What the tone also does is set up the process for a sobering jolt at the halfway mark. That it takes the abuse of a black man to remind both the film’s viewers and the defendants of deep-rooted systemic apathy – and by ideological extension, their original motive – only informs the film’s sense of deceit. The defendants were so busy being victims that the most fundamental form of victimhood had escaped their attention. Uptil then, Black Panther founder Bobby Seale had gone to great lengths to ensure that his dissent sounded different – and louder – than the others; he didn’t want to be associated with such a privileged form of disenfranchisement, his fight was always bleeker. For a powerful few scenes, the whiteness of the courtroom is put in context: the Chicago Seven’s political persecution pales in comparison to the primal persecution of lineage.
The Trial of the Chicago 7 is a remarkable achievement, because in a way this film is its own villain: the more riveting it becomes, the more distant we (are meant to) grow from the bigger picture
Immediately, the film shakes off its blinkers and the “performers” begin behaving like historically responsible figures. Suddenly we notice that one of them has been religiously writing down the names of the American soldiers who’ve died in Vietnam since the trial started. We begin to see, piece by piece – but not peace by peace – the anatomy of the riot interspersed with the individualism of the Seven. There’s so much going on, and yet one senses that it all ties in to demonstrate the psychological bandwidth of a movement.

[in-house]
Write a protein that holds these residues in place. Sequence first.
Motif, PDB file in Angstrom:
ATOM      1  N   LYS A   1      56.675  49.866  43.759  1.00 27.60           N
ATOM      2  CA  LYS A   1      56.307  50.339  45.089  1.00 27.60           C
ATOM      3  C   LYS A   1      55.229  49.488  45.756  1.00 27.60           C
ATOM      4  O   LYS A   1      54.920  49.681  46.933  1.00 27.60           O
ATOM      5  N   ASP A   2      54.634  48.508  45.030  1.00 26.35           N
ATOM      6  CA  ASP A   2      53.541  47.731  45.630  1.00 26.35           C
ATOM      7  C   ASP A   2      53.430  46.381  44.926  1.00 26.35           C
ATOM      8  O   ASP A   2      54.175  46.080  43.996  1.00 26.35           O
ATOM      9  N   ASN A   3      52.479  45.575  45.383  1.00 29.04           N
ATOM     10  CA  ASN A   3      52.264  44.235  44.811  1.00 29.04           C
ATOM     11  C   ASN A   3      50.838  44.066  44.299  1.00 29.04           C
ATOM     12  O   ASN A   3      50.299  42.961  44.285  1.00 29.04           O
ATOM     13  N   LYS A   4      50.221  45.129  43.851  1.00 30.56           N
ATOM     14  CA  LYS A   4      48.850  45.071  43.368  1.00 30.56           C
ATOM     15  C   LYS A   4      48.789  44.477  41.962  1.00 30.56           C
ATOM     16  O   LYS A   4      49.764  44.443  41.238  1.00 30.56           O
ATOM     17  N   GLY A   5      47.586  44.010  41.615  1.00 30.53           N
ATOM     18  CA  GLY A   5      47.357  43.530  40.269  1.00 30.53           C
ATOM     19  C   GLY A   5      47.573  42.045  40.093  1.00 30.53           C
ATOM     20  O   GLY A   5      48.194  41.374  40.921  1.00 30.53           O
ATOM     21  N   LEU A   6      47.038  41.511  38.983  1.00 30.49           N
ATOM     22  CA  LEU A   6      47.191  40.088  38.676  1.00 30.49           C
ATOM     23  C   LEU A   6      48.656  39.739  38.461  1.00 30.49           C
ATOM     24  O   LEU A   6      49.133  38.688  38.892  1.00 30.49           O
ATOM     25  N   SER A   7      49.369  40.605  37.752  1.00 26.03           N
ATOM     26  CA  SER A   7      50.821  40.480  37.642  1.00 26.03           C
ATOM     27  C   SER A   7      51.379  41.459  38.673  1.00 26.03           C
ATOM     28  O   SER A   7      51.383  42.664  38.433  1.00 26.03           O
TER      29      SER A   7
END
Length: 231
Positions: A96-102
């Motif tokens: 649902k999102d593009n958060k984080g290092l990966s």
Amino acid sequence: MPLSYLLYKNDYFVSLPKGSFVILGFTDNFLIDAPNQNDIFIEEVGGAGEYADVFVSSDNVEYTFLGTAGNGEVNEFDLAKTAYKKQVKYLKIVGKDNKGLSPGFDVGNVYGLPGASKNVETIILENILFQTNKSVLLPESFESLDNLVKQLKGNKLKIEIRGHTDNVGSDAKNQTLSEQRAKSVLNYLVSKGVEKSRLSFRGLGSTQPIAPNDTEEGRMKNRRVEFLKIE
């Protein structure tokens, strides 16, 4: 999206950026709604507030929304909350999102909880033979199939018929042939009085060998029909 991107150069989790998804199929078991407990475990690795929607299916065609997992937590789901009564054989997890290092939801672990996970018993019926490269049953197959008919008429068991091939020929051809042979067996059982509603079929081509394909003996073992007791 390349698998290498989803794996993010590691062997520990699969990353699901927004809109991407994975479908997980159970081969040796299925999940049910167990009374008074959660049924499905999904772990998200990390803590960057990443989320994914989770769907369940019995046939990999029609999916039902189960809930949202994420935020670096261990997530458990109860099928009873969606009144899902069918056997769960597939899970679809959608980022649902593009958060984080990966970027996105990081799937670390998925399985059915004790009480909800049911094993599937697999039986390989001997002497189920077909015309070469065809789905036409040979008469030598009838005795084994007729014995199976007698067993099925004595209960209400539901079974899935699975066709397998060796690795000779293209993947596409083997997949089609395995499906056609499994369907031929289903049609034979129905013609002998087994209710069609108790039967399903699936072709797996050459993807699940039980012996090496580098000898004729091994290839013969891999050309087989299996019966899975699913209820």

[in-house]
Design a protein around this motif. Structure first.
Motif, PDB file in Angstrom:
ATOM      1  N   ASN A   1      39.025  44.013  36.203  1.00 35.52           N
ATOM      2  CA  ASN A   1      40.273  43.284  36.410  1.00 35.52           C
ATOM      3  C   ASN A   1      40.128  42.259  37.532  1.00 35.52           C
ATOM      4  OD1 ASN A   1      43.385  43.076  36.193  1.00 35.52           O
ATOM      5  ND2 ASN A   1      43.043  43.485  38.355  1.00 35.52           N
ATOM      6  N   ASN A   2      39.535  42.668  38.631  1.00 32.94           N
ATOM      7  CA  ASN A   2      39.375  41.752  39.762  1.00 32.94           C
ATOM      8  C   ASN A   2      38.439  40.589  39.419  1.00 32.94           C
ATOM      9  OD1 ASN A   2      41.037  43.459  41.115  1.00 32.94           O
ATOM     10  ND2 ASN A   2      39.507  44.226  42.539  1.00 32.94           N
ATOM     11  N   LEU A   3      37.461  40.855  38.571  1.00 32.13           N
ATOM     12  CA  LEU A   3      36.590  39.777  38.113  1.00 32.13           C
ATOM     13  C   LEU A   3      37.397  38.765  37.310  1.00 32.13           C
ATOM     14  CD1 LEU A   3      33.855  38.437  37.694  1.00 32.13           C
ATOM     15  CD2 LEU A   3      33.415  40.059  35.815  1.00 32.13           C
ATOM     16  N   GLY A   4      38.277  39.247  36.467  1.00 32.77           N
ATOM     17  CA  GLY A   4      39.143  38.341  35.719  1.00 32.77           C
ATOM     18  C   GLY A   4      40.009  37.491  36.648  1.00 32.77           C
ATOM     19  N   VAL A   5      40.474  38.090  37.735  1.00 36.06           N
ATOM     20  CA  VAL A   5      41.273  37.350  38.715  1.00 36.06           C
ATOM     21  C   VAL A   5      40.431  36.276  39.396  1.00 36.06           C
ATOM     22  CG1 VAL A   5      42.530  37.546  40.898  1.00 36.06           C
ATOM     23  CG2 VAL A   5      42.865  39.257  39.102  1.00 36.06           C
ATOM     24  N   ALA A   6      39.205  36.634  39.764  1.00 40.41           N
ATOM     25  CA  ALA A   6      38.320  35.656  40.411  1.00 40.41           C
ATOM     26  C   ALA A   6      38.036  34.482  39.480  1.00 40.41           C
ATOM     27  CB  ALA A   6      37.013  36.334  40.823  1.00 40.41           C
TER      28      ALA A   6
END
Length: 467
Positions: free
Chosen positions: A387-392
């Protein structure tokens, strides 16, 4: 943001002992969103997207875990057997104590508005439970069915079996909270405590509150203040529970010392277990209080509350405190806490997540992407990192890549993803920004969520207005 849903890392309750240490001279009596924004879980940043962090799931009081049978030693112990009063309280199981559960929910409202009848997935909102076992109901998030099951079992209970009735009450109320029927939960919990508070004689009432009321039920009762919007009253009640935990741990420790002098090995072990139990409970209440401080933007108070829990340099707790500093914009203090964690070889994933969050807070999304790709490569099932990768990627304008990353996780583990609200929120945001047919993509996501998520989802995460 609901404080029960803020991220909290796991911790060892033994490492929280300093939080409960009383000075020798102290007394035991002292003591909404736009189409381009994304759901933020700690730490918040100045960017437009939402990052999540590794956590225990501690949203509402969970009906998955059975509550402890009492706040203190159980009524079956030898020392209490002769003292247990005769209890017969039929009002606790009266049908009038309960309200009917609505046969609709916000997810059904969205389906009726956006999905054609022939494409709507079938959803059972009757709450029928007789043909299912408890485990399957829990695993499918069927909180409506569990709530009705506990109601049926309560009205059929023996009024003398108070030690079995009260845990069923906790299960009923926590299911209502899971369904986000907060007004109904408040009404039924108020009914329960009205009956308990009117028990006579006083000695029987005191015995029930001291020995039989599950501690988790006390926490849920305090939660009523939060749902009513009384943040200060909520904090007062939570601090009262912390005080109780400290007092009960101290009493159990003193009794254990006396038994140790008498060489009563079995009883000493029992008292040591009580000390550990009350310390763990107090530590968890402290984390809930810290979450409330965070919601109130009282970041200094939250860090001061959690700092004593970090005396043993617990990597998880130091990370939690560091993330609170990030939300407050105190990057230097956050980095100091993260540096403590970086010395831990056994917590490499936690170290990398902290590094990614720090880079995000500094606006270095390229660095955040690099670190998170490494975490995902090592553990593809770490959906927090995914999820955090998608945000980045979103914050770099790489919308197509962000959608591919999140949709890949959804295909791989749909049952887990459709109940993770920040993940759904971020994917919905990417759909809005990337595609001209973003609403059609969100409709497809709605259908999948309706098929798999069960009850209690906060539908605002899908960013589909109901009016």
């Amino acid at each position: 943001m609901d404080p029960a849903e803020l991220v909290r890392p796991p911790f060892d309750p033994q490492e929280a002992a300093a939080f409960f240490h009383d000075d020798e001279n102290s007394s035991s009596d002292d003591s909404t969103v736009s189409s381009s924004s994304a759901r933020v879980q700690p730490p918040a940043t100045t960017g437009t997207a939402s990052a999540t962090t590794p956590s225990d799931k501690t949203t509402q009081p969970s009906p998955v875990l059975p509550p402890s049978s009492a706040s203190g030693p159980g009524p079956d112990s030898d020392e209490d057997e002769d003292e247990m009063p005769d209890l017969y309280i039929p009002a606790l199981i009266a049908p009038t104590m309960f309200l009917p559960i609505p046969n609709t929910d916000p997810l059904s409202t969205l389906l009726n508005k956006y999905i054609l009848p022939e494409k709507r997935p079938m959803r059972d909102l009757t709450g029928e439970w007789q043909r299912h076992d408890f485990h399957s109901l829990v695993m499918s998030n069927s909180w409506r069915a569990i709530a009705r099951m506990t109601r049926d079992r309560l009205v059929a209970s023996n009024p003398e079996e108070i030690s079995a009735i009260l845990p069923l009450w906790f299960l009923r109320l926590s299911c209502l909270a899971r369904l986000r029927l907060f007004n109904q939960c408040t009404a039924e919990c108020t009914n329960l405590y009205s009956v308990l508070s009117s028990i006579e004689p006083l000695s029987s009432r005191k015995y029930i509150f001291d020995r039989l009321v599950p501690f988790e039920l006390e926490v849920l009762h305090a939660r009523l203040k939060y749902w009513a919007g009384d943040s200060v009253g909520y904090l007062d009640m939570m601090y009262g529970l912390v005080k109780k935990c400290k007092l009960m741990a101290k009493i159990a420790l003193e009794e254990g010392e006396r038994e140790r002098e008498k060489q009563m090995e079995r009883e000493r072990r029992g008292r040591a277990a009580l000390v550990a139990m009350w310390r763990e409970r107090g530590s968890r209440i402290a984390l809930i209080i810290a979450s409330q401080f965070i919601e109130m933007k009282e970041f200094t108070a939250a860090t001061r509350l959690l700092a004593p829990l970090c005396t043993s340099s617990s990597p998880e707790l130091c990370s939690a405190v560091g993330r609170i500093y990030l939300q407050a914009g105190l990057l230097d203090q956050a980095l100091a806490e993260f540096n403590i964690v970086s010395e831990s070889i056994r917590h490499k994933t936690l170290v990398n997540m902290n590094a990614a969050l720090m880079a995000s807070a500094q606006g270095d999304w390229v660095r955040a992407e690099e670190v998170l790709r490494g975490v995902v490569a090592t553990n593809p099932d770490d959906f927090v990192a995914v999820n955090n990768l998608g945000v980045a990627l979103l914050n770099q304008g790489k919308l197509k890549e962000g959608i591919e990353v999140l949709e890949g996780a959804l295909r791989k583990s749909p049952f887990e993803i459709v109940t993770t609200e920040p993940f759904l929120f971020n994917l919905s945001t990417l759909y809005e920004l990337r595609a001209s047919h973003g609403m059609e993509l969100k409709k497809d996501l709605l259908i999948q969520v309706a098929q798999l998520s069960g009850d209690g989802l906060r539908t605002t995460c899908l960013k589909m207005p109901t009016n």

The change of pace is incisive, and the ensemble brims with all-star form. It’s clear that each of the defendants – despite being on the “right” (left) side – is a flawed rebel. All the bases of protest are covered: There are the eloquent stoners (an acerbic Sacha Baron Cohen, a Coen-ish Jeremy Strong), the angry dad (John Carroll Lynch), the academic but impulsive liberal (a terrific Eddie Redmayne), the quiet crusader (Alex Sharp), and even the deer-in-headlight cubs. Their general outlook may be progressive, but their temperament lacks a sense of coherence. However it’s the stoic Mark Rylance who stands out as the disenchanted defense lawyer, and the ever-reliable Frank Langella as the judge who tries to hide his cog-in-the-corrupt-wheel status behind a series of stern mannerisms. It also consistently astounds me how British (or Australian) actors pull off regional American accents with ease – because the results aren’t half as impressive when American actors confuse English-ness with aristocracy.
The Trial of the Chicago 7 is a remarkable achievement, because in a way this film is its own villain: the more riveting it becomes, the more distant we (are meant to) grow from the bigger picture. And to its credit, the narrative weaponizes the irony by unfolding entirely in the form of a heated discussion – only to ultimately acknowledge its own preoccupied gaze. It’s never an easy feat: for a movie to be both a movie as well as a soul-searching indictment of its own voice. But Aaron Sorkin is nothing if not sentimental. A schmaltzy climax belongs here because, for better or worse, the revolution is only the prelude; the fate of a revolutionary is the story. Truth is the rusty trigger, but justice is the lethal bullet.